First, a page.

is in talks withExelon Corp. to sellits James A. FitzPatricknuclear plant in Scriba, N.Y., if state regulators pass and implement a subsidythat would help three upstate plants.
Entergyannounced on July 13the potential deal, which could prevent the scheduled January 2017 retirement ofthe upstate nuclear plant. Entergy announced in November 2015 it would shutterthe almost 852-MW FitzPatrick plant due to low electricity prices and hasmaintained that stance regardless of whether the New York Public ServiceCommission passes a proposed clean energy standard with a initiative tosubsidize upstate nuclear generation at an initial two-year rate of $17.48/MWh.
"Inkeeping with our corporate strategy to move away from merchant power marketsand toward a pure-play utility, we are working with Exelon to come tocommercial terms on a sale transaction that depends largely on the final termsand timeliness of the New York state clean energy standard," EntergyWholesale Commodities President Bill Mohl said in a news release. Mohl alsothanked New York Gov. Andrew Cuomo for promoting a clean energy standard that "providesincentives for financially strapped nuclear power plants."
Entergysaid it is aiming to conclude negotiations by mid-August as it simultaneouslyprepares for both the plant's permanent shutdown and decommissioning as well asits possible refueling and continued operations in case of a sale. Along withbeing subject to final commercial agreements and regulatory approvals, Entergysaid that the sale depends on the fate of the proposed clean energy standard,which seeks to subsidize renewables as a means of helping New York meets itsgoals of cutting carbon dioxide by 40% from 1990 levels and generating 50% ofits electricity from renewable energy resources by 2030.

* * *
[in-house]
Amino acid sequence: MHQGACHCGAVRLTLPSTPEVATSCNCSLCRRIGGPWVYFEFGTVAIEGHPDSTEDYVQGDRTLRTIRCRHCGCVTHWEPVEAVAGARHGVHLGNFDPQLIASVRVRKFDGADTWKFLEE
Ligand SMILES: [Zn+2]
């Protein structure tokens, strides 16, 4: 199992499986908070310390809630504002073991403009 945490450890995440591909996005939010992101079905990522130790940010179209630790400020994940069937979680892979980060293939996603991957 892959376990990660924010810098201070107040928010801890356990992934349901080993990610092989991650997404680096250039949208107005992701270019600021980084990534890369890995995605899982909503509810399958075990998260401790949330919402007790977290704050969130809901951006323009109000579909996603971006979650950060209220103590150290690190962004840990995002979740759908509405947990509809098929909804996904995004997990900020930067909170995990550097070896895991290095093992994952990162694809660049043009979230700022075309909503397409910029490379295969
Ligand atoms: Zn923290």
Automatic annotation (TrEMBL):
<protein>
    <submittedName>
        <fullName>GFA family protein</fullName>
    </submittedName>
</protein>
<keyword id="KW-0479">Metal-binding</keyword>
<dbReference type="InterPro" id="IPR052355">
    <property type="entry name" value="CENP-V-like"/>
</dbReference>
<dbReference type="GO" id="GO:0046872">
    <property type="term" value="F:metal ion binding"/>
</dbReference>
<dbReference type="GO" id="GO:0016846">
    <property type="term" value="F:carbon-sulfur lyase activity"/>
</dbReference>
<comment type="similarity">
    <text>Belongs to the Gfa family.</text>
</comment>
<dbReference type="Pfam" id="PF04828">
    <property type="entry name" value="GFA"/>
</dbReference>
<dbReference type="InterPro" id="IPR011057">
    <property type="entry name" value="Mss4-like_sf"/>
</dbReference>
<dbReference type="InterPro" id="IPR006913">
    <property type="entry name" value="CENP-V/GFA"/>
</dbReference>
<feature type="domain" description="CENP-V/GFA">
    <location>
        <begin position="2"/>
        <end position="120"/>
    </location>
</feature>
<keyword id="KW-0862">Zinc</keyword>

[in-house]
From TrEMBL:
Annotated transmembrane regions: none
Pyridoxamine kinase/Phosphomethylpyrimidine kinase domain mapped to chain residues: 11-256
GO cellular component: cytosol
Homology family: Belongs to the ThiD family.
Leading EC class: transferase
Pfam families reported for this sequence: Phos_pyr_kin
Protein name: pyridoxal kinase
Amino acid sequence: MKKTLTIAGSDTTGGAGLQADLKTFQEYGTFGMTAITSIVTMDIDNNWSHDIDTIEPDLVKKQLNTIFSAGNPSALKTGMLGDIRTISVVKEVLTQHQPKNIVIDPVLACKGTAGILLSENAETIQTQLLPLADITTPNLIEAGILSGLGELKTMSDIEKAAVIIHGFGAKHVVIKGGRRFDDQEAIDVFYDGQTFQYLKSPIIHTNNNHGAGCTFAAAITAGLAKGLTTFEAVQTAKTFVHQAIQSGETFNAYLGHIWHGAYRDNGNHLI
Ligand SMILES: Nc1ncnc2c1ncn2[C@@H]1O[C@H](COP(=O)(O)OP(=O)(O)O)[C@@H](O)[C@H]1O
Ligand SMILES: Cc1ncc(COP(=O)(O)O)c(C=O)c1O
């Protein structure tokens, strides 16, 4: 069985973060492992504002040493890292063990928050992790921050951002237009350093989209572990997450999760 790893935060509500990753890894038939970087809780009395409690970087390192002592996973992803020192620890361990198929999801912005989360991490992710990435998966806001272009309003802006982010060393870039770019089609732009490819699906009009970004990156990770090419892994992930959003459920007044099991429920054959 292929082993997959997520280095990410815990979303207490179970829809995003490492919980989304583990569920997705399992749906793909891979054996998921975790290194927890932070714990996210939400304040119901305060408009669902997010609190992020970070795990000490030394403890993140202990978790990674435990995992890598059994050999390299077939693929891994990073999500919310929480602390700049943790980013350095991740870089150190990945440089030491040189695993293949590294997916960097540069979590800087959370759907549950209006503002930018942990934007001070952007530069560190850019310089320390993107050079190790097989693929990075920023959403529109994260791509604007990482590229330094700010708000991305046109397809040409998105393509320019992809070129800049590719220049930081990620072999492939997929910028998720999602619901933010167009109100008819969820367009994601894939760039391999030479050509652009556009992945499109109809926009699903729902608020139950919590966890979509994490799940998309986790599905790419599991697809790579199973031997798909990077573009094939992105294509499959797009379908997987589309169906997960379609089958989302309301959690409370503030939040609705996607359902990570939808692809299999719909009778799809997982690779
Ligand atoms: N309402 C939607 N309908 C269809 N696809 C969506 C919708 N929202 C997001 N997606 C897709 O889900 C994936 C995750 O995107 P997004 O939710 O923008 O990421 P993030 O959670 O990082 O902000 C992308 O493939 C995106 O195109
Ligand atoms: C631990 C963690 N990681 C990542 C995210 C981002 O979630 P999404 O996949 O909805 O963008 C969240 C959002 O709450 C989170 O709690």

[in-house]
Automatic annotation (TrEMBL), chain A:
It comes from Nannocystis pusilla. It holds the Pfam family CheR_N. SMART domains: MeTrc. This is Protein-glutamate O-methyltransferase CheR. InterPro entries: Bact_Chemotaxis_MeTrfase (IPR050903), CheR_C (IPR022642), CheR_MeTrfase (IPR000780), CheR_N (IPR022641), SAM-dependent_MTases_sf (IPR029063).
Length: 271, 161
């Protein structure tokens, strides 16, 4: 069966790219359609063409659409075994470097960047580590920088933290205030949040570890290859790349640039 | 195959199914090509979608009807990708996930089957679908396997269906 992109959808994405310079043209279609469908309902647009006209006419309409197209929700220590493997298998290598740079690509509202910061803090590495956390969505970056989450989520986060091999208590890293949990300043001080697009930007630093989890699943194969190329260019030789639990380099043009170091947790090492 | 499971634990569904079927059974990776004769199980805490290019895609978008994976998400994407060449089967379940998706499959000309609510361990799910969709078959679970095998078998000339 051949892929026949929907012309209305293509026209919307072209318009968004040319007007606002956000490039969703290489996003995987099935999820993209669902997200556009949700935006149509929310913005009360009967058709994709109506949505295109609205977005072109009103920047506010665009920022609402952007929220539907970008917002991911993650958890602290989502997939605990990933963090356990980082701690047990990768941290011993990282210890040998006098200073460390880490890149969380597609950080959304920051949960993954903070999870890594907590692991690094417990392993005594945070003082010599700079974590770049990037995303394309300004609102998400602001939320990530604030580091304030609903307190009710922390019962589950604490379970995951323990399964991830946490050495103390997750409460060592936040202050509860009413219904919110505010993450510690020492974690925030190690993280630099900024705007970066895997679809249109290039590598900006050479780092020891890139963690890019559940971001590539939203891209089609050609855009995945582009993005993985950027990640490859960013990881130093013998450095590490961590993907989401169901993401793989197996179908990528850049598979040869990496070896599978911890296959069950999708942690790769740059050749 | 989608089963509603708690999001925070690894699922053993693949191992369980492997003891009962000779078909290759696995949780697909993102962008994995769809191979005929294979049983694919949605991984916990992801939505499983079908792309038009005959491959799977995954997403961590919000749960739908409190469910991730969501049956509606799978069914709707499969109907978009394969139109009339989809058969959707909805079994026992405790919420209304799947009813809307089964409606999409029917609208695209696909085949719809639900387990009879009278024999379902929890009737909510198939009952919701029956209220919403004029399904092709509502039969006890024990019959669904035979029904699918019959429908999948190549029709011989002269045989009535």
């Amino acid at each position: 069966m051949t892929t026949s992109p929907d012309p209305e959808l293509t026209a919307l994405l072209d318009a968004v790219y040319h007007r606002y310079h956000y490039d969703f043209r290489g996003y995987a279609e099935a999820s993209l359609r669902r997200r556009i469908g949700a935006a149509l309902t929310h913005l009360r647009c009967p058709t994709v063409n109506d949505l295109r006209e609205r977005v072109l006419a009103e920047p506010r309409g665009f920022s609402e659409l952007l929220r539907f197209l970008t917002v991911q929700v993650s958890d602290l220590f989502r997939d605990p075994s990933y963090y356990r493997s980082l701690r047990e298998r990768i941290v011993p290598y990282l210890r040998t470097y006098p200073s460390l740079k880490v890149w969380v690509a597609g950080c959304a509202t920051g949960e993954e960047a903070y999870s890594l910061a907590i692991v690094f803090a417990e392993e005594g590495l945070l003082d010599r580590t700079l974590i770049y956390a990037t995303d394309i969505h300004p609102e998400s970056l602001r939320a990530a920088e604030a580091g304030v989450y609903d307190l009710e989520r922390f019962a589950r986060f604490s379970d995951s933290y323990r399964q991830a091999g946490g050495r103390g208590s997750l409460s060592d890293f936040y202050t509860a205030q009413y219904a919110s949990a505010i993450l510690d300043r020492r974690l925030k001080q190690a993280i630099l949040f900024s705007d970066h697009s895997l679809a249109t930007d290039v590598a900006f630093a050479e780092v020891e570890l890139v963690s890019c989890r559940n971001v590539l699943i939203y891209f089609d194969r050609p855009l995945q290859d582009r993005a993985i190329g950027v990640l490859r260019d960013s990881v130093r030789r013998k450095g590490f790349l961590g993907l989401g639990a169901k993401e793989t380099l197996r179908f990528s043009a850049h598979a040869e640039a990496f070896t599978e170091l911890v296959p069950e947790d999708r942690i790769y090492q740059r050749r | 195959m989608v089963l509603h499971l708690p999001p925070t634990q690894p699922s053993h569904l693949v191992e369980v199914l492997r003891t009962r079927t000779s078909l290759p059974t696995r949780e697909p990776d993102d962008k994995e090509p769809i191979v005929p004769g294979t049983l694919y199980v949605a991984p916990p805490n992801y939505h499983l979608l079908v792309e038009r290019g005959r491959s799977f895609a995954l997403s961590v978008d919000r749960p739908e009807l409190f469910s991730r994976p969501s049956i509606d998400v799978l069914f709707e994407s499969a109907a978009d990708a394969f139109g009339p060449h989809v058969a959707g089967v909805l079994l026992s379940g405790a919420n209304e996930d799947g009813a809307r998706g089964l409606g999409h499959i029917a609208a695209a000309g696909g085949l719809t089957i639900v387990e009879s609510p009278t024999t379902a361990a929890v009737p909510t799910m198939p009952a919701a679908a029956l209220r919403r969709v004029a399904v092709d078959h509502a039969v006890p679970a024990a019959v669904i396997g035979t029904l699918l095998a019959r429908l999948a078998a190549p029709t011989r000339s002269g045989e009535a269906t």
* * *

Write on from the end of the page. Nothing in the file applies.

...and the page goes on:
Cuomowelcomed the announcement of the negotiations in a news release and said he hasdirected various state agencies to continue working with Exelon and Entergy toreach an agreement for sale. "Over the past several months, myadministration has been working closely with both companies to find a way tokeep this vital energy resource operating," Cuomo said. "While thereremains much work to be done, I am pleased that significant progress is beingmade."
Alongwith FitzPatrick, the other nuclear plants that could receive subsidies underthe proposed clean energy standard are the R.E. Ginna and Nine Mile Point plants, both controlled byExelon. Exelon has threatenedto close both Ginna and Nine Mile Point if the PSC fails to pass the cleanenergy standard and have signed contracts by the end of September. According toa July 11 research note by Guggenheim Securities LLC, the PSC is expected todecide on the proposed zero emissions credits at its Aug. 1 meeting.
"Gov. Cuomo's administration has made it clear thatFitzPatrick is critical to the success of the governor's zero-emission energystrategy," Exelon spokeswoman Lacey Dean said in a statement. "Thesediscussions potentially could lead to continued long-term operation of allthree upstate nuclear plants, preserve the economic and environmental benefitsthose units bring to all New Yorkers and help New York achieve its clean energyand economic development goals."
In a statement, Exelon pledged to immediately reinvest about$200 million in Ginna and Nine Mile Point if the clean energy standard isapproved.
In addition to the "timely implementation" of theclean energy standard, Dean said the "possibility of taking over" ofFitzPatrick is subject to a guaranteed long-term revenue stream for the plantand an immediate positive impact on Exelon earnings.
Theonly New York nuclear plant to be excluded from the proposal is Entergy'sIndian Point plant, which is located about 50 miles north of New York City.Cuomo opposes the relicensing of the 1,031-MW Indian Point 2 and 1,047-MW Indian Point 3 reactors over safety concerns.
IndianPoint continues to come under scrutiny from the Cuomo administration followinga number of safety investigations, outages and , including a leak of low-levelradioactive water and a weld leak, in recent months. Entergy in filed a lawsuit againstthe state for opposing its relicensing and overstepping its authority byregulating Indian Point under the pretext of protecting aquatic life in theHudson River from the plant's cooling intake.